Community journalism project giving disabled people in Camden a voice
Tom McDonough, Camden Disability Action
- Credit: CDA
Camden Disability Action (CDA), based in Kentish Town, has been busy over the last several months of the pandemic, working with an organisation more used to tackling slavery in Togo and climate change in Bangladesh than street access or employment rights for disabled people in north London.
But communities on the front lines of humanity's greatest challenges in Asia and Africa have at least one key thing in common with disabled people in Camden: voicelessness.
Working in partnership with On Our Radar, CDA has launched a community journalism project to capture disabled people’s stories as they play out on the streets, homes and offices of Camden.
Colin Brummage, CDA’s CEO, said: “Our stories largely go untold and even when we do speak, there is no guarantee the person listening has the empathy or life experience to understand where we’re coming from.
"Disabled people’s real-time every day experiences must be known so we can lift the lid on the thousands of social injustices taking place, every single day.”
Modelled on the type of mobile phone reporting that sparked the Black Lives Matter protests last year and motivated by the same thirst for social change, the community journalism project encourages disabled people to use their phones to send in "shoot-from-the-hip" video, audio and text reports to two "hotlines".
Staff from CDA review all the reports and post the best ones on the project’s website camdendisabledvoices.org
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The project offers a package of training and mentoring support to disabled people who want to report on issue in their communities.
Reporter Jill who has a learning disability, said: “It’s taught me a lot of things I didn’t know before.
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"It gives you knowledge and it gives you confidence to speak up. Also, because I have a learning disability, I’m not good at writing so being able to send in reports via a phone is really great.”
She added: “I’ve done stories on rubbish bins being left out, a lack of disabled parking bays at some supermarkets, the cycle lane in Haverstock Hill and Chalk Farm road and Swain’s lane low-traffic neighbourhoods.”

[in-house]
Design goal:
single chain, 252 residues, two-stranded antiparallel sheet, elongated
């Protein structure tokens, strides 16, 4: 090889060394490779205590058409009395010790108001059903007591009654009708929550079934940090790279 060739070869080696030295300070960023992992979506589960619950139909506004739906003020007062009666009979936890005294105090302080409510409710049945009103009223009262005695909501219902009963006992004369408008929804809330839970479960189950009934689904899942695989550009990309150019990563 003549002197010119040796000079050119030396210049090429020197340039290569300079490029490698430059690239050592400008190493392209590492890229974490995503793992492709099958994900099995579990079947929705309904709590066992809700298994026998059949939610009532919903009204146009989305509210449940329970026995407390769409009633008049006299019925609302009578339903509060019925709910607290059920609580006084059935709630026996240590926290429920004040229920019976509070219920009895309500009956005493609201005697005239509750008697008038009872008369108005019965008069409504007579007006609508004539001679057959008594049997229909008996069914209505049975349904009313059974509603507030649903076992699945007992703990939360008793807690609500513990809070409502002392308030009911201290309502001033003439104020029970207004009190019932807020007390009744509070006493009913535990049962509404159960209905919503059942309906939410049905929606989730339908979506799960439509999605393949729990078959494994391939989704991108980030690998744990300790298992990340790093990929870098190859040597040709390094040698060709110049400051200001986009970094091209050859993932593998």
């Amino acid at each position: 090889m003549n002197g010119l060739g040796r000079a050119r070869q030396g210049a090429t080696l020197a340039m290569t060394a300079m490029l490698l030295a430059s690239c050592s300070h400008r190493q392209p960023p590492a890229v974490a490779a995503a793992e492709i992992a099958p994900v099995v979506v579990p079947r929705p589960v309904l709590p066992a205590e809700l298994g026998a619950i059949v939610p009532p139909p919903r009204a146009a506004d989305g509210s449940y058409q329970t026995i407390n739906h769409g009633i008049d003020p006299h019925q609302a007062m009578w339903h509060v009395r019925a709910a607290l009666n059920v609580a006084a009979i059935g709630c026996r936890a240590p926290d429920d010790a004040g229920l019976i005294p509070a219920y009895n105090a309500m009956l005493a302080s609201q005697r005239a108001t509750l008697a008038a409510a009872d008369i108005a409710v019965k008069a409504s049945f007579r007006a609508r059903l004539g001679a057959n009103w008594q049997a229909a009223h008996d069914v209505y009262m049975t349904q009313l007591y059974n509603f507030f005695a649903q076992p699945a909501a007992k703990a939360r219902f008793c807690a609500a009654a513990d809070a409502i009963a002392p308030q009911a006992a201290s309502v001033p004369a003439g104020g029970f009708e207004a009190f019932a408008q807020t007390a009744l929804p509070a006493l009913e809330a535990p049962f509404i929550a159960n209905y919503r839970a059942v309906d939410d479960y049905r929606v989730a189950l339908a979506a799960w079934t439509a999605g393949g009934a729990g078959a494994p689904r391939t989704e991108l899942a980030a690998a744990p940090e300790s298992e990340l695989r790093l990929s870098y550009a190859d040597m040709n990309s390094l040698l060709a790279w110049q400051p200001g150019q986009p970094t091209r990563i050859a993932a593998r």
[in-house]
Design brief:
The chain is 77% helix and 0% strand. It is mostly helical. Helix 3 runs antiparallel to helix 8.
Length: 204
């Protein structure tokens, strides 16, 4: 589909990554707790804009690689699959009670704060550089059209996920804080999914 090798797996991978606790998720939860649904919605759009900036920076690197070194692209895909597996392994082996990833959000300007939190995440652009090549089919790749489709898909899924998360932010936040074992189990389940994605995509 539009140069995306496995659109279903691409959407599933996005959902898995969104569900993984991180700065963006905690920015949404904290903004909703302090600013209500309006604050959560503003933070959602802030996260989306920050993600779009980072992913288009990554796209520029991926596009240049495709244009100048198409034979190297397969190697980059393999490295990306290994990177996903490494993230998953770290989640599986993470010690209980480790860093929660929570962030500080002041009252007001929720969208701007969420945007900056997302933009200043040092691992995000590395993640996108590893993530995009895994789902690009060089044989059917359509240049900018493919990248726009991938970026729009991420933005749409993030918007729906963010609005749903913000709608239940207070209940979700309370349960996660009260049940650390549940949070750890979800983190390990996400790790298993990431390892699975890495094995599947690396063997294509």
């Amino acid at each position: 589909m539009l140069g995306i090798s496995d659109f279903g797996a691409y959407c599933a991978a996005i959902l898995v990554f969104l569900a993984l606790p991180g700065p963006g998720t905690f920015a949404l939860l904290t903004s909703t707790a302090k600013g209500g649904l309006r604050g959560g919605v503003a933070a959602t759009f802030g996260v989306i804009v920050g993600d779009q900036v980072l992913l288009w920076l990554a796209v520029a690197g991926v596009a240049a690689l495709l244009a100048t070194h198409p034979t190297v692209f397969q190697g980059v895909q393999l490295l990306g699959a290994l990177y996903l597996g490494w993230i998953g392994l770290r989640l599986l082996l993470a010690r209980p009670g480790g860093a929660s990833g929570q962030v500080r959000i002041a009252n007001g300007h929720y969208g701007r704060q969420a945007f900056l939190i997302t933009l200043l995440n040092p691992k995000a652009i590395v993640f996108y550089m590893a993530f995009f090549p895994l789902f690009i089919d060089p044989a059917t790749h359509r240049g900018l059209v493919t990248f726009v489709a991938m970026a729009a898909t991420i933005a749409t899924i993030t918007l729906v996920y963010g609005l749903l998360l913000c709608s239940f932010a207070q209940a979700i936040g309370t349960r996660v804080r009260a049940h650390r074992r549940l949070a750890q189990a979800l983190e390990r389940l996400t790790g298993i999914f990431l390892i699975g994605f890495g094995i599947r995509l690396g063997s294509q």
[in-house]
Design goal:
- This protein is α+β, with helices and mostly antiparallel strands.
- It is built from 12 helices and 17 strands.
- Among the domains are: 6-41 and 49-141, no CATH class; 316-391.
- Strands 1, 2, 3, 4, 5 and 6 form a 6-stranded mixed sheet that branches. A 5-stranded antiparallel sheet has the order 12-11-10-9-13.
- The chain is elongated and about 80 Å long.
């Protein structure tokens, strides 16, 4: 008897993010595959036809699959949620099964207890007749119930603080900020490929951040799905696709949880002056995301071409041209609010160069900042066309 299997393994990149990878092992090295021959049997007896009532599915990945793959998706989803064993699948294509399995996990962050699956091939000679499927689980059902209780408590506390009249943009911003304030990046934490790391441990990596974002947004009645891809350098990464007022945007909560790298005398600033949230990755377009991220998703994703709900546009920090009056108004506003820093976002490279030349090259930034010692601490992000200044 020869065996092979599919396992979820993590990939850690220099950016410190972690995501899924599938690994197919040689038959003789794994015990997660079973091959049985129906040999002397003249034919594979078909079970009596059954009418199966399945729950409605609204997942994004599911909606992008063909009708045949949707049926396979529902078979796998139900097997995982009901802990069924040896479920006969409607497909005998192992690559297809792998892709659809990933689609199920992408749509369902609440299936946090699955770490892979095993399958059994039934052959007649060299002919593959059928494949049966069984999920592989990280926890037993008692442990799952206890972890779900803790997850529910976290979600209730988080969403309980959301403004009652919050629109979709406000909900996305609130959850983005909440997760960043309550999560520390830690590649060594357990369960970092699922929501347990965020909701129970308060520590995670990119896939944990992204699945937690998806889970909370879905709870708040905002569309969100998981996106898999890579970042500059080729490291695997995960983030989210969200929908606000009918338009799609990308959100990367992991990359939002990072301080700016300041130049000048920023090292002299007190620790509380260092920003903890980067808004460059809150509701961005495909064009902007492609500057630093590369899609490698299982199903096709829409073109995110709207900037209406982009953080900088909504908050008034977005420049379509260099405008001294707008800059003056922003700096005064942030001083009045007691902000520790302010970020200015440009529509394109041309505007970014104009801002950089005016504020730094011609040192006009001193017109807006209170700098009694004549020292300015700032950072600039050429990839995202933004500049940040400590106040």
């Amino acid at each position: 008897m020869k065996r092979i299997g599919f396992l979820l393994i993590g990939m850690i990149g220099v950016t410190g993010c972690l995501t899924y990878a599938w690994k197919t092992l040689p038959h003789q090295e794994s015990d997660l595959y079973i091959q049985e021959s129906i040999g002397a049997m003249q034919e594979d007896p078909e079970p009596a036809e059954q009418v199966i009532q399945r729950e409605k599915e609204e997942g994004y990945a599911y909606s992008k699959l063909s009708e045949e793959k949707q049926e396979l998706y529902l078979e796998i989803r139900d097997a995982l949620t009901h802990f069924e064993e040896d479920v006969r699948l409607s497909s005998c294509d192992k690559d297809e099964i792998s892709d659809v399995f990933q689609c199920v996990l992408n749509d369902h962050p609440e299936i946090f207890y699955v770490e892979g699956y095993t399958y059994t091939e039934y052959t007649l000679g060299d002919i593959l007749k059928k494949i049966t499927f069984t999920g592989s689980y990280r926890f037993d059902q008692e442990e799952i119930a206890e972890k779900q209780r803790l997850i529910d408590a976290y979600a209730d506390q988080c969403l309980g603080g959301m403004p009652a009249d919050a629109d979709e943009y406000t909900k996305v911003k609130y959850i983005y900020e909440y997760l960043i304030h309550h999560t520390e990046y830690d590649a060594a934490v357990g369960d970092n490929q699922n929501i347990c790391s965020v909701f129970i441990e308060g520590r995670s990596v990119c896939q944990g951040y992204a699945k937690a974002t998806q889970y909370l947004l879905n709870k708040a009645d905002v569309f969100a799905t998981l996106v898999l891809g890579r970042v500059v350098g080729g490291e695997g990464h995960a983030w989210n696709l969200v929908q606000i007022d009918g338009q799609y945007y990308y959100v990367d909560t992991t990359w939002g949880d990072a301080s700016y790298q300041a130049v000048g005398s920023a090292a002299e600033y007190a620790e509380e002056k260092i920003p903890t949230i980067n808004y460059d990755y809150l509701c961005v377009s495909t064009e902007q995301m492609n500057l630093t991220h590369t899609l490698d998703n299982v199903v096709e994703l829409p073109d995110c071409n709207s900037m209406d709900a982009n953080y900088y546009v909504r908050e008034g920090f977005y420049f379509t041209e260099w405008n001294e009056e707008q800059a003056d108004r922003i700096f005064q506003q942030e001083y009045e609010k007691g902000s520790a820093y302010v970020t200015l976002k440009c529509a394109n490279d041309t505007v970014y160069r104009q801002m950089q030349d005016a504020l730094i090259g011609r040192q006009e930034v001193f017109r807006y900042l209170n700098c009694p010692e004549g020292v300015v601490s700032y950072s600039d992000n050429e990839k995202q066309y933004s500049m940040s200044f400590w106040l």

So far, eight reporters with a variety of impairments have completed the course, with the majority focussing their first pieces on the impact of the Covid-19 street scape changes on disabled people.
CDA asked students to start off by reporting on how the new cycle lanes, traffic-calming measures and wider pavements are affecting disabled people because it is liaising closely with Camden Council on this topic.
Reporter Mary said: “As a registered blind woman I am unable to go out alone without support if the streets are not accessible; but with the community journalism project I can help foster change in Camden’s streets which means I will be able to go out independently."
She added: “It’s also given me a chance to air my anger about my local area where shopping is made difficult with inaccessible crossings and signage for motorists that aren’t clear."
Councillor Adam Harrison, who is working with CDA on streetscape changes, said: "It is so important to have disabled people in Camden tell their stories directly about the things that affect them, including how easy - or not - it is to get around the borough. I hope as many disabled Camden residents as possible become community journalists and take part.”
The environment chief added: “I’ll be checking on the stories and working together with CDA to find solutions to some of the issues raised."
The project also encourages disabled members of the general public to send in stories to the reporting lines.
Colin said: “We wanted to cast the net wider than just the trained reporters because want disabled people across the borough to use this as a vehicle to get their voices heard. We’re replacing the old ways of engaging, which we did through forums and questionnaires. This is a more direct and powerful way to have your say."
- Tom McDonough is the engagement officer for Camden Disability Action.